Meaning of REMOVE in English
I. re ‧ move 1 S2 W1 AC /rɪˈmuːv/ BrE AmE verb [transitive]
[ Word Family: noun : ↑ move , ↑ movement , ↑ removal , ↑ remover , ↑ mover ; adjective : ↑ movable , ↑ unmoved , ↑ moving ; verb : ↑ move , ↑ remove ; adverb : ↑ movingly ]
[ Word Family: noun : ↑ removal , ↑ remover ; verb : ↑ remove ; adjective : ↑ removable ]
[ Date: 1200-1300 ; Language: Old French ; Origin: removoir , from Latin removere , from movere 'to move' ]
1 . TAKE AWAY to take something away from, out of, or off the place where it is:
Remove the old wallpaper and fill any holes in the walls.
remove something from something
Reference books may not be removed from the library.
2 . GET RID OF to get rid of something so that it does not exist any longer:
a cleaner that will remove wine stains
The college removed rules that prevented women from enrolling.
3 . FROM A JOB to force someone out of an important position or dismiss them from a job
remove somebody from something
Congress could remove the President from office.
4 . CLOTHES formal to take off a piece of clothing:
He removed his hat and gloves.
In everyday English, people usually say that someone takes clothing off rather than removes it:
Is it OK if I take my coat off?
5 . be far removed from something to be very different from something:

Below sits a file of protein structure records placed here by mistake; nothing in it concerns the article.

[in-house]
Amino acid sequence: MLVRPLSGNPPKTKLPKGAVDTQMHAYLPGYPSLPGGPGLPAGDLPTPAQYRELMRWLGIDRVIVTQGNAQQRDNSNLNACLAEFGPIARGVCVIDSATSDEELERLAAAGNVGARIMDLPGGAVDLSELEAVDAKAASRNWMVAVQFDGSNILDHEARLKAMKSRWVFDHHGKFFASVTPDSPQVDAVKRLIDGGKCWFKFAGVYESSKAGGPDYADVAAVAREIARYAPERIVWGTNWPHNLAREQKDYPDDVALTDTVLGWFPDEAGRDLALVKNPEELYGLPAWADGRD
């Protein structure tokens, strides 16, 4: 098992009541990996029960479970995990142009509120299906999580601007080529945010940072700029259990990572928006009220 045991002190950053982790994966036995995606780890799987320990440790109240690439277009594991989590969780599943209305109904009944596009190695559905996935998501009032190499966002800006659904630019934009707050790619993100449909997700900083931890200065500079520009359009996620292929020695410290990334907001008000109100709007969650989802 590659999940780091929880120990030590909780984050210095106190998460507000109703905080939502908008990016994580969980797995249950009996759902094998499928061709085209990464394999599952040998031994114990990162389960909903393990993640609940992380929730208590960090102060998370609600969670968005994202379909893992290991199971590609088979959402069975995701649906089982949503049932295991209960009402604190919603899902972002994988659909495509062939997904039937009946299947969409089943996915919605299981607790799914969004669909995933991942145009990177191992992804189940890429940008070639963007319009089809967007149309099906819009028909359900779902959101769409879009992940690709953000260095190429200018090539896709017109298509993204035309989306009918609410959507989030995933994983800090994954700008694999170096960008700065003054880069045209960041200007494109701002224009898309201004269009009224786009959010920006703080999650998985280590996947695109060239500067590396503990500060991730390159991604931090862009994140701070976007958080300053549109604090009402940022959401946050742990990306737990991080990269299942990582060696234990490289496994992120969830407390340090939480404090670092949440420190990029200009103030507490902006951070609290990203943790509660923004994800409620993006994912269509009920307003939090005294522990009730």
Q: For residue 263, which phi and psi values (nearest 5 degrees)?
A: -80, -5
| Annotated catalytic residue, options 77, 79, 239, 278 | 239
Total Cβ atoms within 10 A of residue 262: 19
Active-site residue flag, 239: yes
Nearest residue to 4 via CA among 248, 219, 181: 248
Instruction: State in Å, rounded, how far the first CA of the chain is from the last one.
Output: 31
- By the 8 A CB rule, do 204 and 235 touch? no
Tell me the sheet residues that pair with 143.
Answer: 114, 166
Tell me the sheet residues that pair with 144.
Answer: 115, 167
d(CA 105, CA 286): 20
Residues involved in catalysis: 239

The events in the newspaper article were far removed from reality.
6 . cousin once/twice etc removed the child, ↑ grandchild etc of your ↑ cousin , or your cousin’s father, grandfather etc
• • •
THESAURUS (for Meaning 2)
▪ remove to make something no longer exist, especially something that was causing problems:
Some stains are difficult to remove with ordinary washing powder.
All the obstacles to an agreement have now been removed.
▪ get rid of somebody/something to remove someone or something that you do not want. Get rid of is much more common than remove in everyday English, but is usually only used in active sentences:
They managed to get rid of all the weeds.
It was almost impossible to get rid of him.
▪ eliminate to completely get rid of something that you do not want, especially because it is unnecessary or causing problems:
If you book online, this eliminates the need for a ticket.
The new system will help to eliminate costly delays.
▪ eradicate to completely get rid of a disease or a problem:
The disease has been eradicated from most of Europe.
Street crime has almost been eradicated.
▪ delete to remove something that has been written on a computer, or stored in a computer:
Do you want to delete this file?
Press 3 to delete the messages on your answerphone.
▪ erase to remove recorded sounds or pictures from a tape, or writing from paper:
Shall I erase this video?
It’s better to cross out a mistake than to try to erase it.
▪ cut to remove a part from a film, book, speech etc:
The most violent scenes were cut.
Parts of his original speech were cut.
II. remove 2 AC BrE AmE noun [uncountable and countable] especially British English formal
a distance or amount by which two things are separated
at a remove
The X-ray operator works at a safe remove in a separate room.
Longman Dictionary of Contemporary English. Longman - Словарь современного английского языка. 2012